“In The Street” feels to me like it could be a cover of a mid-1960s rock song, mainly in the way the line “Not a thing to do, but talk to you” is delivered in the opening lines: “Hanging out down the street/The same old thing we did last week/Not a thing to do, but talk to you.” It has a bit of that 1960s rock thing there and in the “ahh” vocals, but then is mixed with a 1970s southern rock drive, a combination which really works. It’s a fun track. By the way, this song will be familiar to a lot of people as the opening theme to the television series, That ‘70s Show (though it was a cover version used there).

“Thirteen” is a prettier acoustic song, with a sweet innocence and references to a couple of other tunes – “Paint It Black,” “Rock And Roll Is Here To Stay.” Wilco covered this song on the tribute to Big Star, Big Star, Small World.

“Don’t Lie To Me” is a kick-ass rock tune, with some blues at its base. There is a bit of messing around at the beginning of the track, but this is a straightforward Don’t-fuck-with-me song that demands to be turned up. Just listen to those guitars! “Don’t cross me, babe,” they repeat toward the end. It doesn’t quite feel right for this one to fade out. It should explode instead. It’s interesting that “Don’t Lie To Me” is sandwiched between two softer, beautiful tunes. “The India Song” is a delightful, playful tune written by Andy Hummel, and is one of my personal favorites from this album.

“Try Again” is another that I really like. It’s mainly an acoustic song, with an electric country rock-type guitar lead over it during the instrumental section. It’s a simple, honest statement, an assessment of self in a moment of struggle and hope. “Lord, I've been trying to be what I should/Lord, I've been trying to do what I could/But each time it gets a little harder/I feel the pain/But I'll try again.” Nice, right?

CD Track List
  1. Feel
  2. The Ballad Of El Goodo
  3. In The Street
  4. Thirteen
  5. Don’t Lie To Me
  6. The India Song
  7. When My Baby’s Beside Me
  8. My Life Is Right
  9. Give Me Another Chance
  10. Try Again
  11. Watch The Sunrise
  12. ST 100/6
This re-issue of #1 Record was released on September 2, 2014 through Stax and Concord Music Group.

Friday, November 21, 2014

Gun Hill Royals at The Hotel Café, 11-20-14: Photos

"Under The Covers"
Last night I was able to make it to two concerts: Lady Low at Good Times At Davey Wayne’s, and then Gun Hill Royals at The Hotel Café. It worked out well, as those two venues are only five blocks away from each other, and though Lady Low got a late start they did a short set.

Gun Hill Royals are a Los Angeles band delivering some really good country rock, with a joy that transfers so easily to the audience. They also write some damn good songs (I’m particularly fond of “Restless,” “Let Love In,” “Anahata” and “The Valley Floor”). They did mostly original material last night, apart from a cool cover of Buck Owens’ “I’ve Got A Tiger By The Tail” (and you can never go wrong with Buck Owens). They closed their set with a fun, high-energy number, “Crazy Dreams.”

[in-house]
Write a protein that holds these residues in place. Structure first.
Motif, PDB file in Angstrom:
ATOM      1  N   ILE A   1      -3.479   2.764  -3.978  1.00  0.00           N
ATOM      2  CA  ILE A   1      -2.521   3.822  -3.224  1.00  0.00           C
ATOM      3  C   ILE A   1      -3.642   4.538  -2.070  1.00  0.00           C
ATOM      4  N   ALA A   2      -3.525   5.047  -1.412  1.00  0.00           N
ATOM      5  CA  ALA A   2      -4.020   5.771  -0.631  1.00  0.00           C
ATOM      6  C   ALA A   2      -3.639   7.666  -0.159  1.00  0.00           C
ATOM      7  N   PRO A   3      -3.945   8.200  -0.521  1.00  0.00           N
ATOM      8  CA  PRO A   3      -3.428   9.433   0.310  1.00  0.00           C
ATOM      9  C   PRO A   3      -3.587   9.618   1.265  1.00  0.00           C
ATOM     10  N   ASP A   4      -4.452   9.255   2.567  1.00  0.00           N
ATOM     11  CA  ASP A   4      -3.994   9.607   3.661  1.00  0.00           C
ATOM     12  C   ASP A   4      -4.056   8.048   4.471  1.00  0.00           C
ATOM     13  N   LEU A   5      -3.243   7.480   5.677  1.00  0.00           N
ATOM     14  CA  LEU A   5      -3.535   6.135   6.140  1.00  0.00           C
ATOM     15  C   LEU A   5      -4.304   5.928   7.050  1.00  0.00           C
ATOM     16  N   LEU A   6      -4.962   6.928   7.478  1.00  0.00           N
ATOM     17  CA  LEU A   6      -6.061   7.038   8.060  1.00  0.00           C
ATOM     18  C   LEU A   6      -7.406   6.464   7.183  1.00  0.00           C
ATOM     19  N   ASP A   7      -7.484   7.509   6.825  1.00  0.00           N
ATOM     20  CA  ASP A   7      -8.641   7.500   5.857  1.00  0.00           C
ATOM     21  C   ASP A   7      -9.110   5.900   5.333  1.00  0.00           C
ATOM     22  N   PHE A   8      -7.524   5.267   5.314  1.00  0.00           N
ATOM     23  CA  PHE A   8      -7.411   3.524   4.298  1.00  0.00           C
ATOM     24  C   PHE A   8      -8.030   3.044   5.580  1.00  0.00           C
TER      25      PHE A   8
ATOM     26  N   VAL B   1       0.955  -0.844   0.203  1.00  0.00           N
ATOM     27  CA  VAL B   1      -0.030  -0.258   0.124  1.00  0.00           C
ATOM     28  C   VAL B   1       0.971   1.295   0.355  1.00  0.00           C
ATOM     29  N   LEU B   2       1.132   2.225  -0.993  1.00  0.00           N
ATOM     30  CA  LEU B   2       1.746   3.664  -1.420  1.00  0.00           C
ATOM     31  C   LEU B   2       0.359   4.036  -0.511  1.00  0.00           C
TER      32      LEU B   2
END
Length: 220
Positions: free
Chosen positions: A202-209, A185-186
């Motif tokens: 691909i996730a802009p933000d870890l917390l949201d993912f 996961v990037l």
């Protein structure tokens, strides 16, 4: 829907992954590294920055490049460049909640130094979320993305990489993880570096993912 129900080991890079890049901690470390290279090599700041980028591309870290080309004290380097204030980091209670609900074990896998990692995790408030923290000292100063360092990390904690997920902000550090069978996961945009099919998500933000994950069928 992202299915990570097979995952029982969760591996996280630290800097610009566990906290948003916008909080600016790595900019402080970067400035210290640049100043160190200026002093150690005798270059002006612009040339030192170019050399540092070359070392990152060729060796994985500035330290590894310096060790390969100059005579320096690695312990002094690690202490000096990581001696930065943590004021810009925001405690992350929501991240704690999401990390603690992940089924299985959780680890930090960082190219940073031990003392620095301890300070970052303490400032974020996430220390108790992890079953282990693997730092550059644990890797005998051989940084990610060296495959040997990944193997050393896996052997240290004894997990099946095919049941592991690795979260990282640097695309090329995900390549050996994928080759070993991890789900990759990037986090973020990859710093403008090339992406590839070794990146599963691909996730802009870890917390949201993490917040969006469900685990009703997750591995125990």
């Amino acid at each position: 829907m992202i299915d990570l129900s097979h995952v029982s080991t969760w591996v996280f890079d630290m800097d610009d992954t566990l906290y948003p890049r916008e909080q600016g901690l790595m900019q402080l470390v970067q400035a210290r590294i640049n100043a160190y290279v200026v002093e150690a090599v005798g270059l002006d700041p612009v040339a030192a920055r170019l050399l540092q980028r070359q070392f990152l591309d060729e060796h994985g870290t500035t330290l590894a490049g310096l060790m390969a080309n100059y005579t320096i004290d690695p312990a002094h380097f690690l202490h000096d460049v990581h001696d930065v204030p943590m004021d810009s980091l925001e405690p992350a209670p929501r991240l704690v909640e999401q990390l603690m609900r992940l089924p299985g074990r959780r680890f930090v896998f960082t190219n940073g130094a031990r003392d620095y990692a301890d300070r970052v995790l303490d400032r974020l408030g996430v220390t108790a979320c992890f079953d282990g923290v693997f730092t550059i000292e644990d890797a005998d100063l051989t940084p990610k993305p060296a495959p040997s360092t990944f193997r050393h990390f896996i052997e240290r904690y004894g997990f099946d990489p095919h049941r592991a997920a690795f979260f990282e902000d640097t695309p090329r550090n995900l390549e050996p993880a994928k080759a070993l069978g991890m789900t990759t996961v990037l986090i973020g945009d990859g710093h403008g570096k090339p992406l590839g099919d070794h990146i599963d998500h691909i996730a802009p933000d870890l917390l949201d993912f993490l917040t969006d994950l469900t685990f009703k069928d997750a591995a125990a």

Set List
  1. Under The Covers
  2. Firefly
  3. Restless
  4. This Ship Ain’t Takin’ Water
  5. I’ve Got A Tiger By The Tail
  6. The Heart Is A Lonely Hunter
  7. Let Love In
  8. Anahata
  9. The Valley Floor
  10. Give Me A Smile
  11. Burn This House Down
  12. Crazy Dreams
Here are a few photos from their set:

"Under The Covers"
"I've Got A Tiger By The Tail"
"Let Love In"
"Let Love In"

Lady Low at Good Times At Davey Wayne’s, Los Angeles, 11-20-14

"Goodnight My Love"
Lady Low celebrated the release of their first single tonight with a show at Good Times At Davey Wayne’s, in Los Angeles. They got a late start, due to some issues with lights and so forth. They were scheduled to go on at 9 p.m., but things didn’t get underway until just after 10. In addition to the core trio of Jimmy Sweet on vocals and guitar, Sami Jo on vocals and drums, and Rachel Maxann on vocals and synthesizer, the band featured an additional guitarist and two violinists.

They kicked off their set with a cover of The Velvet Underground’s “I’m Waiting For The Man,” with a little “Hey Jude” tease thrown in at the end, then went into “Rainy Day” (the violinists sat that one out). The set also featured “Burning Like A Fever” (a song from Death By Sexy, Jimmy Sweet’s other band) and a short a cappella “Goodnight My Love.” They ended the set with the two songs from the single – “When I Do Wrong” and “Baby Baby,” the latter being a cover of the Vibrators song. It was a good set, but very short. They ended precisely at 10:30 p.m. (so the set was twenty-eight minutes).

Set List
  1. I’m Waiting For The Man
  2. Rainy Day
  3. Burning Like A Fever
  4. Goodnight My Love
  5. I Wanna Be Your Dog
  6. When I Do Wrong
  7. Baby Baby  
Here are a few photos from the show:

"I'm Waiting For The Man"
"I'm Waiting For The Man"
"I'm Waiting For The Man"
"Rainy Day"
"Burning Like A Fever"
"When I Do Wrong"
"Baby Baby"
Good Times At Davey Wayne’s is an odd, but kind of cool venue, with 1970s décor. You enter through a refrigerator at the end of a short hallway. I’m sure the first couple of nights the venue was open, the doorman enjoyed answering the befuddled patrons’ questions about how to get in, but now is thoroughly tired of the comments about the door. There are a couple of couches in the middle of the room, limiting the dance space. It doesn’t seem to be designed for concerts, and has more of a groovy lounge feel.